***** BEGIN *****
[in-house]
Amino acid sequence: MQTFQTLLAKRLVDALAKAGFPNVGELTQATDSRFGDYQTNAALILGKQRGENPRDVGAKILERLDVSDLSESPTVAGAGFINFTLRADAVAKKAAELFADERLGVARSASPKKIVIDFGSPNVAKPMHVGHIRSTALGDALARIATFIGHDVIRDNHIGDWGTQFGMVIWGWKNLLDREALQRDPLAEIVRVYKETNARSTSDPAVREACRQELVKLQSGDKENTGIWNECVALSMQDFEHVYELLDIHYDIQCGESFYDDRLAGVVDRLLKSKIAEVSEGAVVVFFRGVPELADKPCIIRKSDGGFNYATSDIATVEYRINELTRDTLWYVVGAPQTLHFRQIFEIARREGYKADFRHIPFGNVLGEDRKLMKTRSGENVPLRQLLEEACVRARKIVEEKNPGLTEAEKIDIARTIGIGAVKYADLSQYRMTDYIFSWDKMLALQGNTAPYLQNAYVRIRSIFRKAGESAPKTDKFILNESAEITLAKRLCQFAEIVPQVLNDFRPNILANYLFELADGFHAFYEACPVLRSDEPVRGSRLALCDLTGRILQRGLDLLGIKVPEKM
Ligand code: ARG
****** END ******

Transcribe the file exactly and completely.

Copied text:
[in-house]
Amino acid sequence: MQTFQTLLAKRLVDALAKAGFPNVGELTQATDSRFGDYQTNAALILGKQRGENPRDVGAKILERLDVSDLSESPTVAGAGFINFTLRADAVAKKAAELFADERLGVARSASPKKIVIDFGSPNVAKPMHVGHIRSTALGDALARIATFIGHDVIRDNHIGDWGTQFGMVIWGWKNLLDREALQRDPLAEIVRVYKETNARSTSDPAVREACRQELVKLQSGDKENTGIWNECVALSMQDFEHVYELLDIHYDIQCGESFYDDRLAGVVDRLLKSKIAEVSEGAVVVFFRGVPELADKPCIIRKSDGGFNYATSDIATVEYRINELTRDTLWYVVGAPQTLHFRQIFEIARREGYKADFRHIPFGNVLGEDRKLMKTRSGENVPLRQLLEEACVRARKIVEEKNPGLTEAEKIDIARTIGIGAVKYADLSQYRMTDYIFSWDKMLALQGNTAPYLQNAYVRIRSIFRKAGESAPKTDKFILNESAEITLAKRLCQFAEIVPQVLNDFRPNILANYLFELADGFHAFYEACPVLRSDEPVRGSRLALCDLTGRILQRGLDLLGIKVPEKM
Ligand code: ARG